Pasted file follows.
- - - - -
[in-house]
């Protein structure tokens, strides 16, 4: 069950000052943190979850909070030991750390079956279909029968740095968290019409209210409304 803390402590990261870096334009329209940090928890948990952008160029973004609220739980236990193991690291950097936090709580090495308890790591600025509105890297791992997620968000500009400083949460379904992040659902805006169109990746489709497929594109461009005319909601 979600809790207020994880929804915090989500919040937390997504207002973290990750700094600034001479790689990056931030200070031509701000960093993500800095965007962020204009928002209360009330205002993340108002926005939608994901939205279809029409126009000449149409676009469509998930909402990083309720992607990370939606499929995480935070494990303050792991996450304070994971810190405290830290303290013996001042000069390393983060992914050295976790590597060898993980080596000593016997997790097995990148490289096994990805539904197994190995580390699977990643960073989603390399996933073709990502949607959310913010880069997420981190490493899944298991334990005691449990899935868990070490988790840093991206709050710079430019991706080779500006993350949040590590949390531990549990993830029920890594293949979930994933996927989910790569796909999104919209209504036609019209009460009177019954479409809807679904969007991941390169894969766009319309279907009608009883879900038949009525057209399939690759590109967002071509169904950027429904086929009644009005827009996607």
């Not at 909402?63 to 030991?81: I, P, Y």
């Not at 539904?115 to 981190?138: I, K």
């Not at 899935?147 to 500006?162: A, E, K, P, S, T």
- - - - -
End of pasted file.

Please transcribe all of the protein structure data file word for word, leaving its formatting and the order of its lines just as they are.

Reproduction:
[in-house]
């Protein structure tokens, strides 16, 4: 069950000052943190979850909070030991750390079956279909029968740095968290019409209210409304 803390402590990261870096334009329209940090928890948990952008160029973004609220739980236990193991690291950097936090709580090495308890790591600025509105890297791992997620968000500009400083949460379904992040659902805006169109990746489709497929594109461009005319909601 979600809790207020994880929804915090989500919040937390997504207002973290990750700094600034001479790689990056931030200070031509701000960093993500800095965007962020204009928002209360009330205002993340108002926005939608994901939205279809029409126009000449149409676009469509998930909402990083309720992607990370939606499929995480935070494990303050792991996450304070994971810190405290830290303290013996001042000069390393983060992914050295976790590597060898993980080596000593016997997790097995990148490289096994990805539904197994190995580390699977990643960073989603390399996933073709990502949607959310913010880069997420981190490493899944298991334990005691449990899935868990070490988790840093991206709050710079430019991706080779500006993350949040590590949390531990549990993830029920890594293949979930994933996927989910790569796909999104919209209504036609019209009460009177019954479409809807679904969007991941390169894969766009319309279907009608009883879900038949009525057209399939690759590109967002071509169904950027429904086929009644009005827009996607």
């Not at 909402?63 to 030991?81: I, P, Y």
């Not at 539904?115 to 981190?138: I, K």
């Not at 899935?147 to 500006?162: A, E, K, P, S, T």